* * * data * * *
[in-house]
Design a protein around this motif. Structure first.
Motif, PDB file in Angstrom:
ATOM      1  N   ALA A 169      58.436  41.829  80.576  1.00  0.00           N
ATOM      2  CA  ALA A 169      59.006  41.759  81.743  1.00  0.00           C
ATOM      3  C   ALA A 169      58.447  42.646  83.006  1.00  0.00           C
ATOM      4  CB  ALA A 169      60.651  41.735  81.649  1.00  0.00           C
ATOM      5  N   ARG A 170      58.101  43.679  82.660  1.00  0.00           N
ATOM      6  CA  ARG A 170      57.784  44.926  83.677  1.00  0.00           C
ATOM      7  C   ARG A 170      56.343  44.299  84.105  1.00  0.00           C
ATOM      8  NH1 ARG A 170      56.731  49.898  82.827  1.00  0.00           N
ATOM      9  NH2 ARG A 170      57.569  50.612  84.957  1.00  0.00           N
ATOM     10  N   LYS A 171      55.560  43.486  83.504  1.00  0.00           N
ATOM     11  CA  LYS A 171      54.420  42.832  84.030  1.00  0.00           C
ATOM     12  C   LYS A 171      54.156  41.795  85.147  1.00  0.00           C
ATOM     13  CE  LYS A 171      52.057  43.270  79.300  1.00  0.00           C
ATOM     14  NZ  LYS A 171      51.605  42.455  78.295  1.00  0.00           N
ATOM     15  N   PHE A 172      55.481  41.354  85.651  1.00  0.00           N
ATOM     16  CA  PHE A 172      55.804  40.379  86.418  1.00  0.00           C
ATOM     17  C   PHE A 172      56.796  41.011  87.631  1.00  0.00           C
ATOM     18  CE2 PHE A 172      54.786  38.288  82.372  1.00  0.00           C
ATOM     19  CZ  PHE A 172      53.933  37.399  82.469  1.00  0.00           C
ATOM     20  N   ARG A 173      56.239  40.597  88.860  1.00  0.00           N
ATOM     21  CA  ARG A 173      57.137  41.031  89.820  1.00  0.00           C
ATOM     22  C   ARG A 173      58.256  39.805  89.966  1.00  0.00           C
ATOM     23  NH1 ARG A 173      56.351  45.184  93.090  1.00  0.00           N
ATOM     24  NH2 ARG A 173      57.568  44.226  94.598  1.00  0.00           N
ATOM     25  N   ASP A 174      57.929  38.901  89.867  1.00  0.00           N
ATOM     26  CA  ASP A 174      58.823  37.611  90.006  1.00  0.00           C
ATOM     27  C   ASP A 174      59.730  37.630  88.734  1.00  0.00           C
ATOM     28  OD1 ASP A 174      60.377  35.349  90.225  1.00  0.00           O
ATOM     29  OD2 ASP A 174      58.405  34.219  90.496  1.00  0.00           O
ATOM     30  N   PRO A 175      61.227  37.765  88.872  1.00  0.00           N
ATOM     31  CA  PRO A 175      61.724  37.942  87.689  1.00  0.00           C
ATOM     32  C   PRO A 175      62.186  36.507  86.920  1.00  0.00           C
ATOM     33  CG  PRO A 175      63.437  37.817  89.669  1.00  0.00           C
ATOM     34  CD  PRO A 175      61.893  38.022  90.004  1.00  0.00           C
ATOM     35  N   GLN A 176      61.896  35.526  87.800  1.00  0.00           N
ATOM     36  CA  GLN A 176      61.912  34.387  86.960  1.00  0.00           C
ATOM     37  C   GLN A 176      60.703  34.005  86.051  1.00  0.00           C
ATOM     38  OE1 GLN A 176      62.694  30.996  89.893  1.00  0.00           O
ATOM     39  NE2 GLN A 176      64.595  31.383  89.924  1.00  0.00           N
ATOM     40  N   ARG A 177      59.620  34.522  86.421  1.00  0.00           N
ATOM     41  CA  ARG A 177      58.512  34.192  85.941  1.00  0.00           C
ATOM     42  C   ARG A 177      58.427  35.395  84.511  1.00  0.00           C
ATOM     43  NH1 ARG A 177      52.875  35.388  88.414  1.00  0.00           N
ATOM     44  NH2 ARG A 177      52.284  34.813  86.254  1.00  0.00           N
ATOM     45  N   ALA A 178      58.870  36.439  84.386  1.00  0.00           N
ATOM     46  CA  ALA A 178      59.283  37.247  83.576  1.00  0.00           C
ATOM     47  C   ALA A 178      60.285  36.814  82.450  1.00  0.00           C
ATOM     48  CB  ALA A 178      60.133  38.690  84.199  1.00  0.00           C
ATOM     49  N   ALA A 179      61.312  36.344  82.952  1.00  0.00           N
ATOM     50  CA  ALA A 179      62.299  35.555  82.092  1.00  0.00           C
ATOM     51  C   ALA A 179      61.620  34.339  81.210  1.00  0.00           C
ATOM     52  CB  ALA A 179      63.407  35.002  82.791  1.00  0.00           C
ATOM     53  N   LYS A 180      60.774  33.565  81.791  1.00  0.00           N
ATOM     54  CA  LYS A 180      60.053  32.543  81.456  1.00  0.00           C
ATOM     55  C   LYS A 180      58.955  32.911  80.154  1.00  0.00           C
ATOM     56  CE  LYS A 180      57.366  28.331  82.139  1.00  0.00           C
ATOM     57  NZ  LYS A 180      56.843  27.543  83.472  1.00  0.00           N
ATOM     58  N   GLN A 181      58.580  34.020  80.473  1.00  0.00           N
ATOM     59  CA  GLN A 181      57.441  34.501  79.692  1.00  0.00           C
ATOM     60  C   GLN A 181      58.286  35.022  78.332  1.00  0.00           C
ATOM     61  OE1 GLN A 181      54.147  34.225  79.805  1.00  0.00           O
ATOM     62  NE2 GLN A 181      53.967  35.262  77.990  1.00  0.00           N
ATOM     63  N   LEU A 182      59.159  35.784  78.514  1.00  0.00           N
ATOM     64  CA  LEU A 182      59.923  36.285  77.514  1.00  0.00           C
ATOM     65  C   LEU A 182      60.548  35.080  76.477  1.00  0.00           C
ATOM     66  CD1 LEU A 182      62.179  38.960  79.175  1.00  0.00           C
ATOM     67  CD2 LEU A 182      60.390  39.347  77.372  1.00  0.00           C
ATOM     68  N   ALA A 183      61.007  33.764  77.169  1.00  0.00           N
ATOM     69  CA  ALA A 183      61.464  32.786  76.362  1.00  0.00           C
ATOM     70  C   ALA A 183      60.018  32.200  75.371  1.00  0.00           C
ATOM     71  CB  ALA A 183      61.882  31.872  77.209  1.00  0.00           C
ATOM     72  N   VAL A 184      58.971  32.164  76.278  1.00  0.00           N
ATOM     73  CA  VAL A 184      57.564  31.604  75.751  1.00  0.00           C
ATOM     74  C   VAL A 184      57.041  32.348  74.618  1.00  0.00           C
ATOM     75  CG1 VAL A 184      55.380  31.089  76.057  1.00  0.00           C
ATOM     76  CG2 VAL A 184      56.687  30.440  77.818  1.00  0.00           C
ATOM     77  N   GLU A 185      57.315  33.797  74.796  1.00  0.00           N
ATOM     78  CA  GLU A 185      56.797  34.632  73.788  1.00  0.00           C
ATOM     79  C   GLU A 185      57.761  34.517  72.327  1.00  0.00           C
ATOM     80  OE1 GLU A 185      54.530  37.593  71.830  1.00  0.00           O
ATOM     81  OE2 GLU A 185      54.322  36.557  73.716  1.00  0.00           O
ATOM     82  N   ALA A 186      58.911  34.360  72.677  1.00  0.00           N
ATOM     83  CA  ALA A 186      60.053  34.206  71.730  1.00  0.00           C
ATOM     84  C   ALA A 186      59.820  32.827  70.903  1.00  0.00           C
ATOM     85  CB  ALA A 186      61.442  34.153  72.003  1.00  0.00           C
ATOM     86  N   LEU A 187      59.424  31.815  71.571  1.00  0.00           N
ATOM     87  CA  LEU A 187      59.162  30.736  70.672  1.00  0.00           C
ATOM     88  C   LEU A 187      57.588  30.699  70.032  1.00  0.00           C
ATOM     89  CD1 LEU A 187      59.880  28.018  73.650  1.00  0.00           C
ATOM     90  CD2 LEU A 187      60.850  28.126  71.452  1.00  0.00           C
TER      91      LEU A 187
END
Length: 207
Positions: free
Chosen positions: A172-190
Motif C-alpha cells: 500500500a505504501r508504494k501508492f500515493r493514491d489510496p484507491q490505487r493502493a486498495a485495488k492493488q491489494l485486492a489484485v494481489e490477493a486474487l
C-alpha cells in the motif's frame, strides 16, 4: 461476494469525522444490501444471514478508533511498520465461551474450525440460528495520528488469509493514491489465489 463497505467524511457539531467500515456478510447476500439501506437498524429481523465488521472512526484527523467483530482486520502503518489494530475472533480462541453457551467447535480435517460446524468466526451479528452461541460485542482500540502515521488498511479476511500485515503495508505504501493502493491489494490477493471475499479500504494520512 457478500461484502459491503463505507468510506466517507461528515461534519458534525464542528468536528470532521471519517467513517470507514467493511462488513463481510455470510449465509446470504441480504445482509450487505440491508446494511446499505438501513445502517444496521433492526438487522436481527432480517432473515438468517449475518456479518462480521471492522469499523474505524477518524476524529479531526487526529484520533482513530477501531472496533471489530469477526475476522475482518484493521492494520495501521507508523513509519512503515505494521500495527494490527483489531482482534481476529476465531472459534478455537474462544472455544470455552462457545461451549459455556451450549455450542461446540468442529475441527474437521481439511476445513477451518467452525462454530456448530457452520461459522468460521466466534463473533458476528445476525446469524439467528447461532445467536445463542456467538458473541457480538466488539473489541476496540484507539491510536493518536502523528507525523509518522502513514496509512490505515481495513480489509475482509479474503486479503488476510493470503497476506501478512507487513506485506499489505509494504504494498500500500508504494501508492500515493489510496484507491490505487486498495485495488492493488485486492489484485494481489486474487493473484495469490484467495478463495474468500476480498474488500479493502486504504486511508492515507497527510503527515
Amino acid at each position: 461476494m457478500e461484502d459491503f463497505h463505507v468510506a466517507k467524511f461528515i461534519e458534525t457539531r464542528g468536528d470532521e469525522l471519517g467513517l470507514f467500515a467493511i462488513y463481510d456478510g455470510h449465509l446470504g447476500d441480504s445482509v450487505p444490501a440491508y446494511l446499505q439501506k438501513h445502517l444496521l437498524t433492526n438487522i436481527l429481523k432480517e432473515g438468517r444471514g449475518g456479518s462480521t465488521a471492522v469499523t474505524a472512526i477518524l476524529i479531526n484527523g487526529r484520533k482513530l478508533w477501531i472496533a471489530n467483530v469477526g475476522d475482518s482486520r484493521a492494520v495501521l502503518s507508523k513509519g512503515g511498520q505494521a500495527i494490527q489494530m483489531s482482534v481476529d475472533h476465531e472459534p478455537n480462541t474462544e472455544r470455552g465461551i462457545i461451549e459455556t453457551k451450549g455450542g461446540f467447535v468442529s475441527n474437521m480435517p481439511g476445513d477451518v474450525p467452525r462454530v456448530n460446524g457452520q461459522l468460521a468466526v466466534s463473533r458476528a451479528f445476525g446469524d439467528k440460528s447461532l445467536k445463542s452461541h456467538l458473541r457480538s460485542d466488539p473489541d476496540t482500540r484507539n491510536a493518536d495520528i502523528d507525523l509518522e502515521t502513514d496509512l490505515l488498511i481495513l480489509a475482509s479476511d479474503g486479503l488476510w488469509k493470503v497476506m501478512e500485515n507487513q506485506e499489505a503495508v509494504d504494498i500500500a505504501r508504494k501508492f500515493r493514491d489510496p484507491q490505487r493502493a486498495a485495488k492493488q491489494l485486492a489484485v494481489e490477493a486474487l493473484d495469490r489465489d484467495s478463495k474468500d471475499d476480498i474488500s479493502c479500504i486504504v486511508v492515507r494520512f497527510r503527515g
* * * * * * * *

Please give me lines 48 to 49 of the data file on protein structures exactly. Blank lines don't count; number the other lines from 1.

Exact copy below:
ATOM     45  N   ALA A 178      58.870  36.439  84.386  1.00  0.00           N
ATOM     46  CA  ALA A 178      59.283  37.247  83.576  1.00  0.00           C